Although there has been a wide variety of opinion of the merits-or lack thereof-of Windows 8, one thing is certain: Someone, somewhere will glom on to a feature that they absolutely need for their business and will want to deploy this operating system to one or more desktop PCs in the organization.

In the case of Windows Server 2012, which is built upon the same basic codebase as Windows 8, the business benefits are much more clear, and the desire for organizations to deploy this newest server operating system may be very compelling.

For those considering early adoption of either of these platforms, there are some things that you need to watch out for and understand before you take the plunge.

Lack of enterprise management tools from Microsoft

At present, Microsoft has not yet released a version of System Center 2012 that will support Windows 8 and Windows Server 2012.  This support will come with the release of System Center 2012 SP1, which is currently in beta.

For those organizations that have standardized on System Center for desktop software deploy an enterprise monitoring, this poses a critical challenge.  Is it worth the support costs that will need to be incurred to manage one-off Windows 8 systems without, for example, Configuration Manager?  If the business case is compelling enough, that support may be granted, but it’s a question that CIOs need to consider.

Once Service Pack 1 is released for System Center 2012, this situation will completely change, but for now, it may be better to, if possible, hold on Windows 8 and Server 2012 deployments until Microsoft’s management tools have caught up to the schedule.

Desktop deployment tools are available, but…

As I review the tools that Microsoft has made available, such as the Microsoft Deployment Toolkit, I note that the tools are supporting the beta versions of the management tools described above (as of this writing).  However, Microsoft itself recommends never deploying beta software into a production environment, so these tools would necessarily be limited to testing and evaluation only.

Early adoption numbers are very low

As has been predicted for quite some time, Windows 8 uptake is not happening nearly as quickly as has been the case in previous versions of Windows.  In fact, some estimates indicate that early adoption is five times lower than has been the case for earlier versions.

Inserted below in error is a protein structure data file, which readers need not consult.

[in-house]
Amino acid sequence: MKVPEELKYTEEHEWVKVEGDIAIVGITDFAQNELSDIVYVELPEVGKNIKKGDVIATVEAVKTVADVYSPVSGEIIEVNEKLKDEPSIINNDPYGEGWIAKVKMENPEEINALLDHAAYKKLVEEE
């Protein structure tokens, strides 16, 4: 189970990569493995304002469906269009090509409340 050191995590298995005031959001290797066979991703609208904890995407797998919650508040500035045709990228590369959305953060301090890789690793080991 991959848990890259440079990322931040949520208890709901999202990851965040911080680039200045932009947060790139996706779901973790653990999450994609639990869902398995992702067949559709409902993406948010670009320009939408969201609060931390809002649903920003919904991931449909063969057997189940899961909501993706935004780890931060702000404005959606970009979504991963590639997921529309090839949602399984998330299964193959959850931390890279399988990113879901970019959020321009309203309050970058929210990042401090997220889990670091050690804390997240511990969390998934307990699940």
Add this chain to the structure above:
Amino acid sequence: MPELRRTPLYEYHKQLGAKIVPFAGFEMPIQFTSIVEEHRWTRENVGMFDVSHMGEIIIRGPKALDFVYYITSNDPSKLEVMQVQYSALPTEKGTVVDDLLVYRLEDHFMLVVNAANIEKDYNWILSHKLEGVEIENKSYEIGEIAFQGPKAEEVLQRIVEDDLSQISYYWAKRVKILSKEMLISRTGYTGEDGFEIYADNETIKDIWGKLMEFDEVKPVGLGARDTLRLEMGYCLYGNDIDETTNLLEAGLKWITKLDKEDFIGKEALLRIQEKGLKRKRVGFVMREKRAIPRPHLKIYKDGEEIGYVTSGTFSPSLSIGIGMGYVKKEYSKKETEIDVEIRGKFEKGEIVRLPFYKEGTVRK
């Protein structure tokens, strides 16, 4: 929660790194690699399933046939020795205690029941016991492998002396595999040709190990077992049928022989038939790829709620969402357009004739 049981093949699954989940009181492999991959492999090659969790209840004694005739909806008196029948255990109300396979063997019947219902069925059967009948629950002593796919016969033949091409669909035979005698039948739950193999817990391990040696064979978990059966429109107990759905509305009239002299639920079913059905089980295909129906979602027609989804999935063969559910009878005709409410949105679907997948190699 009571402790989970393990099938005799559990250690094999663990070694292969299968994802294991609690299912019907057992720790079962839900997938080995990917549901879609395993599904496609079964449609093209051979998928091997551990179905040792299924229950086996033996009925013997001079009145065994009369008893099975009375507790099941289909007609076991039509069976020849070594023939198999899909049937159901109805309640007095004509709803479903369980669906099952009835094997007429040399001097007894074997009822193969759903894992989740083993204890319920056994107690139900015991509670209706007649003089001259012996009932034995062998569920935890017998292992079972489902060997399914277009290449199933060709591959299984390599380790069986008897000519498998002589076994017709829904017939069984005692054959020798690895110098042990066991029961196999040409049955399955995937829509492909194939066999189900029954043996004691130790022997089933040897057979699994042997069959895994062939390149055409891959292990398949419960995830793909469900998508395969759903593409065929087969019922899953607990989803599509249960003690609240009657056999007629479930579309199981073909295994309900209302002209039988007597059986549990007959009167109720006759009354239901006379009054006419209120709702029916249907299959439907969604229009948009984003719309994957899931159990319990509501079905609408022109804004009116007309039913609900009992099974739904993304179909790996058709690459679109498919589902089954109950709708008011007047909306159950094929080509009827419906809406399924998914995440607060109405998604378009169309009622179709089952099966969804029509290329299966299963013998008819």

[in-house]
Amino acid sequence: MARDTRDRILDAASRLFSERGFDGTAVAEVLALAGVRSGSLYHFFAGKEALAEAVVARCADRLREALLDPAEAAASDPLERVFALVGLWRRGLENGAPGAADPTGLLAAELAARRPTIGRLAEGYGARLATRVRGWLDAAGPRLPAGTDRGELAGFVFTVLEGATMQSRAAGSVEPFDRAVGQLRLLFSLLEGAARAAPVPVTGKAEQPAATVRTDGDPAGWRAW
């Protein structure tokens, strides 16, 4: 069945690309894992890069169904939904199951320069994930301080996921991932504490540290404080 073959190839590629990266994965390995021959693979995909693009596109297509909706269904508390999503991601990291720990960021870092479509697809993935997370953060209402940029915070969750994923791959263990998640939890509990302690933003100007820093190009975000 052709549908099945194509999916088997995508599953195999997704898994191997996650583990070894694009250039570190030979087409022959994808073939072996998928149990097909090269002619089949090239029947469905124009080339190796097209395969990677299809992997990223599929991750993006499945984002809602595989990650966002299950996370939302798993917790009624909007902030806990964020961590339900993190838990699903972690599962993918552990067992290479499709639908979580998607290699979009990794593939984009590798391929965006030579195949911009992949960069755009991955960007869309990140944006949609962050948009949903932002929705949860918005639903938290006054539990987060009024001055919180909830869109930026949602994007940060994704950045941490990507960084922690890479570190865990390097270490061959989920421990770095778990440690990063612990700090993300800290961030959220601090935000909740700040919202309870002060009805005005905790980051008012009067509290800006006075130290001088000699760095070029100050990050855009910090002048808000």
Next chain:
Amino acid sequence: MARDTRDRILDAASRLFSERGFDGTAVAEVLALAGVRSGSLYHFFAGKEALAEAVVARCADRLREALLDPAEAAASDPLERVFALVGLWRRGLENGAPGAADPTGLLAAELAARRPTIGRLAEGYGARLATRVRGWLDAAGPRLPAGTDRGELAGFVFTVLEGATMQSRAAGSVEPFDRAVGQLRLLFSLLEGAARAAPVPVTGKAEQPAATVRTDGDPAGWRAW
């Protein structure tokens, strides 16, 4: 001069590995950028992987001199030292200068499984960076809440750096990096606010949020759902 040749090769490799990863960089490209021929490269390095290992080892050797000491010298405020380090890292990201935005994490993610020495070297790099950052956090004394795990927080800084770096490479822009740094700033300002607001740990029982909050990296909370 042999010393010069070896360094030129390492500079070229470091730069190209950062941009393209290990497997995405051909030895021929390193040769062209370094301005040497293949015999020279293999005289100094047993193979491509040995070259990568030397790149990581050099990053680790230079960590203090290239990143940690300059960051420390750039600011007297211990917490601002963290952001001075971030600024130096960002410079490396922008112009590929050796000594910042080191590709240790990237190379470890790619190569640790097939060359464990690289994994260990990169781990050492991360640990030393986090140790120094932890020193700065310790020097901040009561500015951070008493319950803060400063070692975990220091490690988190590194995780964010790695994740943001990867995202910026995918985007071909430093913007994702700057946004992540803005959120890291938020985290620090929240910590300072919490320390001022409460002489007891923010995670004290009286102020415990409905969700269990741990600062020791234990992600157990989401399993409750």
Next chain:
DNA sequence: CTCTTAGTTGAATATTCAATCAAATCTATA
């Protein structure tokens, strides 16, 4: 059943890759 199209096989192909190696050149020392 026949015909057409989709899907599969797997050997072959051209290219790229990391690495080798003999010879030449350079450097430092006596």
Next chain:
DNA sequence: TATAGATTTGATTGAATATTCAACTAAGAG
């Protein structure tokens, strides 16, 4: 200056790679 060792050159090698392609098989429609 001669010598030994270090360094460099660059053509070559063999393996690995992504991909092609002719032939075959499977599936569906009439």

Generally, early adopters are the pioneers that forge that path that everyone else follows.  However, without a critical mass of early adopters, even mid-stage early adopters may find that the intended pathway is not nearly as clear as they like.

Even mid- to late-stage early adopters may find themselves at a bit more of a bleeding edge than they would normally like when it comes to Windows 8.  This means that there is less experience and less know-how when it comes to overcoming challenges that organizations may face.

Internet Explorer 10 vs. Internet Explorer 10 for Desktop

Windows 8 ships with two versions of Internet Explorer.  One is optimized for tablet use and disallows the use of plugs in of any type, save Flash.  The other one is the Internet Explorer that we’ve all come to know and love.  The version of IE that is run is entirely dependent on the location from which the user starts the browser.  If the user opens IE from the new Start Screen, the touch-optimized, plugin-free experience is started.  If IE is started from the desktop, traditional IE is started.

Fortunately for administrators, there are Group Policies that can be assigned that control which version of Internet Explorer is launched.  Administrators are able to indicate, for example, that he traditional IE should be the version that is launched 100% of the time.

Frankly, the IE vs. IE issue in Windows 8 is just a symptom of a larger challenge that lies around administrators having the opportunity to ensure that they truly understand the nuances of the new OS before deploying it into a production environment.

Software compatibility and support

As is the case with any upgrade from one version of Windows to another, there will be some actual and perceived driver issues that pop up.  In addition, there will be application compatibility and support issues as well.  Even if applications run just fine, there will be vendors out there that will not support their apps under Windows 8 for weeks or months, if ever.

Early adopters will need to understand that, in these cases, they assume the major risk of potentially losing support if enterprise vendors refuse to support the new operating system.

When it comes to driver compatibility, Microsoft has indicated that, if there are no Windows 8 drivers available for a particular device, that Windows 7 drivers should work just fine.  At present, not all vendors have Windows 8 driver prepared.

The primary downside to using older drivers is that users may be exposed to warnings about the drivers or the user experience may not be what’s expected due to the major interface changes found in Windows 8.  For a comprehensive look at how this is handled with just one device class-printers-take a look at this excellent article on the topic.

Microsoft will be making available a tool to help people understand challenges that they may face when upgrading from Windows 7 to Windows 8.  This article from CNET discusses the Upgrade Assistant and how it can help ease some upgrade worries.


Although there may not be as many as there were with older versions of Windows, those adopting Windows 8 do have some landmines that require consideration and navigation.  Over time, many of these issues will be resolved, but for now, tread carefully!